Another successful story in the similar setup is providing services from 2 different geographical locations for a European fintech company. When Seavus put into effect the process of isolation of their employees, all of our engineers, who once worked in a joint office and collaborated with the teams from other locations remotely, have started practicing “remote” collaboration with their “office colleagues” as well. This was possible only due to the reason that our engineers have already been trained for remote work in teams which is a practice that requires several months of training and collaboration in such model.

In remotization, how do you manage distributed teams effectively? Do cultural and language differences play a significant role in the dynamics of the team?

In Seavus, organization and management of distributed teams are practiced for more than 20 years in collaboration with different clients and engineers from diverse cultures. It might be considered to be easy to set people from different locations to collaborate, but this is one of the major factors needed to have efficient execution and lower team churn. This is an area in which Seavus has invested heavily in the past by educating our HR and management on how to identify specifics of each culture and set a common ground on which we grew our company’s culture, the Seavus culture. Working closely with more than 17 different nationalities, we have understood what is expected from engineers from different locations and now we know what type of projects should be assigned where, how to organize effective meetings, how to educate engineers from different places in proper ways of communication/collaboration and a dozen of additional details on which we pay attention when assembling a new team. When a team is assembled we are assigning a skilled PM who, among the other responsibilities, is responsible for helping the team members to work in perfect synergy based on their prior training and experience in working with remote teams.

What is crucial is that today, at this moment, Seavus has already done the investment in preparing our company and our team members to be ready for remote work of any scale. This is proven to be true based on our trials during the past weeks having all of our employees working remotely without any issues and still be seen as one large organization working efficiently.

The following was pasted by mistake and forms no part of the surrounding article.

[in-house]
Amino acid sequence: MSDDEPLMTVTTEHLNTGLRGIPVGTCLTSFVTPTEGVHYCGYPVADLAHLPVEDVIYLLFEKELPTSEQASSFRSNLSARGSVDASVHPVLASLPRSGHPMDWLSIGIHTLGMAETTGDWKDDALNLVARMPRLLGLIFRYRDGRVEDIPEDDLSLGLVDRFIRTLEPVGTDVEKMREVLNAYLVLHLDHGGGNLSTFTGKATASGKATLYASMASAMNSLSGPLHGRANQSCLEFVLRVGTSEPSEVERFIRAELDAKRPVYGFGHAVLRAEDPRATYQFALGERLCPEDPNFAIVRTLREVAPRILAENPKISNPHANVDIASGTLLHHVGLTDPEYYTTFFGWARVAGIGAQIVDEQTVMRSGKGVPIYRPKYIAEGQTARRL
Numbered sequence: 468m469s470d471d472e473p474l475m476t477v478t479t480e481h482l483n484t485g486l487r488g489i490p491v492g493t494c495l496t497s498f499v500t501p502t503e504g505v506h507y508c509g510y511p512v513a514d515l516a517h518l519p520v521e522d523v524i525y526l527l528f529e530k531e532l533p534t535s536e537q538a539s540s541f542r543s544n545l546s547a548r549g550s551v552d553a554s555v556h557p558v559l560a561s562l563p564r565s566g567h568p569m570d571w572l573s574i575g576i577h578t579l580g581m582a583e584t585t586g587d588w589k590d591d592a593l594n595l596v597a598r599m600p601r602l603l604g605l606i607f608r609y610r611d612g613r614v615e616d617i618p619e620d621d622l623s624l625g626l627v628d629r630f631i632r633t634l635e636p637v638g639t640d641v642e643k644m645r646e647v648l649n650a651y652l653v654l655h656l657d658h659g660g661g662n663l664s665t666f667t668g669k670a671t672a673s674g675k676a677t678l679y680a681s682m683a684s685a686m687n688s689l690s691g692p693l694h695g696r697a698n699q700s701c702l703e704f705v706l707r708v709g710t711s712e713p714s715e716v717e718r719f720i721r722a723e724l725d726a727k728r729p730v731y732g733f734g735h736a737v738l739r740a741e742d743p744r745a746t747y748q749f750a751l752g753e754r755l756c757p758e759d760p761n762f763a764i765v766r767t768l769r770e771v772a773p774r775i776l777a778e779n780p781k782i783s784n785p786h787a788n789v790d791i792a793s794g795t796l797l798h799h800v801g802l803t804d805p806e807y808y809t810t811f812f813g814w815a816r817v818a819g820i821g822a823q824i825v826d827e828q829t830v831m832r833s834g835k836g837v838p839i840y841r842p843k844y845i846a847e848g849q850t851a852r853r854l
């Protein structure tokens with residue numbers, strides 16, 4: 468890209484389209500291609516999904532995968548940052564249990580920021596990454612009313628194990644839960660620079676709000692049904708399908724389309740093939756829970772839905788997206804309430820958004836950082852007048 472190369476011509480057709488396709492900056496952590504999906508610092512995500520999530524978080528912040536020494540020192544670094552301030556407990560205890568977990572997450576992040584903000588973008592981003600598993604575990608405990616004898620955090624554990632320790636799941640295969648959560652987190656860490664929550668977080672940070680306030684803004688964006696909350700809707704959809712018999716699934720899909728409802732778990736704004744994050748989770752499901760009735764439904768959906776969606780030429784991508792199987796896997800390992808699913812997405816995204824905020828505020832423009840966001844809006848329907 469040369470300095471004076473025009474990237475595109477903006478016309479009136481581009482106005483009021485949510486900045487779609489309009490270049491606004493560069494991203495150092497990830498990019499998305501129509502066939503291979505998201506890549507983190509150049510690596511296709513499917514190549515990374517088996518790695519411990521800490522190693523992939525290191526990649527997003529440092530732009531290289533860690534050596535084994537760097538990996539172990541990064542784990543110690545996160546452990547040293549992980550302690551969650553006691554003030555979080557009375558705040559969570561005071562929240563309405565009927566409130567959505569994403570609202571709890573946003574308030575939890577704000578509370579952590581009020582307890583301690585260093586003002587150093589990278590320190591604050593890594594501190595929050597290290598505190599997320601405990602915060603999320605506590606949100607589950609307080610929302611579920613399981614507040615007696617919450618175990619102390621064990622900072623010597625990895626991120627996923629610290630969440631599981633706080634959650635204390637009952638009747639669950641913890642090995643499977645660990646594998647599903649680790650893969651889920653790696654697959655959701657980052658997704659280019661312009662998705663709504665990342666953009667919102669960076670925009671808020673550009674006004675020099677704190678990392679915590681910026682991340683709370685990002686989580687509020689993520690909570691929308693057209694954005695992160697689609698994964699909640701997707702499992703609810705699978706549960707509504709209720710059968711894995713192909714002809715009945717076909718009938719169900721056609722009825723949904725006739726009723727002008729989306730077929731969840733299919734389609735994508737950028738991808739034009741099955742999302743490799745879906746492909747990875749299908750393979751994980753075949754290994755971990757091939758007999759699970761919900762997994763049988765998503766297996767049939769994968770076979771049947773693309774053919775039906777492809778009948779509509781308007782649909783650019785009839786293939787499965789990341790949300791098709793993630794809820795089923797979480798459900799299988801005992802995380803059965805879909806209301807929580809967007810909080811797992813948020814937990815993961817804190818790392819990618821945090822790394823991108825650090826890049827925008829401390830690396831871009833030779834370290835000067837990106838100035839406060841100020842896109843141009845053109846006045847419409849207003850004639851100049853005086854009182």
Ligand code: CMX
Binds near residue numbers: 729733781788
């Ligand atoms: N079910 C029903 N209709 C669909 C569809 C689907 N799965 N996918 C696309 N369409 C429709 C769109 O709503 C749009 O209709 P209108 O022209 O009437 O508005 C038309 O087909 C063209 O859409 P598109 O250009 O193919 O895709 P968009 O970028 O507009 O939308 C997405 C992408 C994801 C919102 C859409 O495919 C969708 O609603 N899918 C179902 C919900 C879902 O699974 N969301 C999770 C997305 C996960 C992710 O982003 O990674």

One of the major risks during the past couple of weeks when we started practicing remote work for the whole company, was the internet quality our engineers would use in their homes. Even though most of them reside in urban areas with great internet coverage, it had to be tested prior to concluding that everything works well. Now when the trials are put in practice, we can say without any hesitation: “We have proven that we are operating flawlessly even when our skilled engineers work from their homes”.

The benefit we have seen today at Seavus is the strong understanding of different cultures and how to sync their specifics. Additionally, throughout the years of working for Seavus we have created a unique culture nurtured and practiced through the different locations where we have our offices.

Finally, what makes a successful remote team?

There are a few crucial skillsets that make a successful remote team:

  • Good onboarding and training process for everyone to feel comfortable to communicate remotely as we, as human beings, are usually open to start a discussion with a person sitting next to us, but are a bit reluctant to pickup the phone and make the call to someone with whom we work remotely;
  •  Excellent PM’s trained in setting remote teams and manage them during the project execution;
  •  Close monitoring of all team behavior deviations to make possible to early raise a flag if a team or member is not satisfied with the assigned work;
  •  Excellent technical assets that will help the remote work execution to be flawless, in which Seavus has made a significant investment during the past years.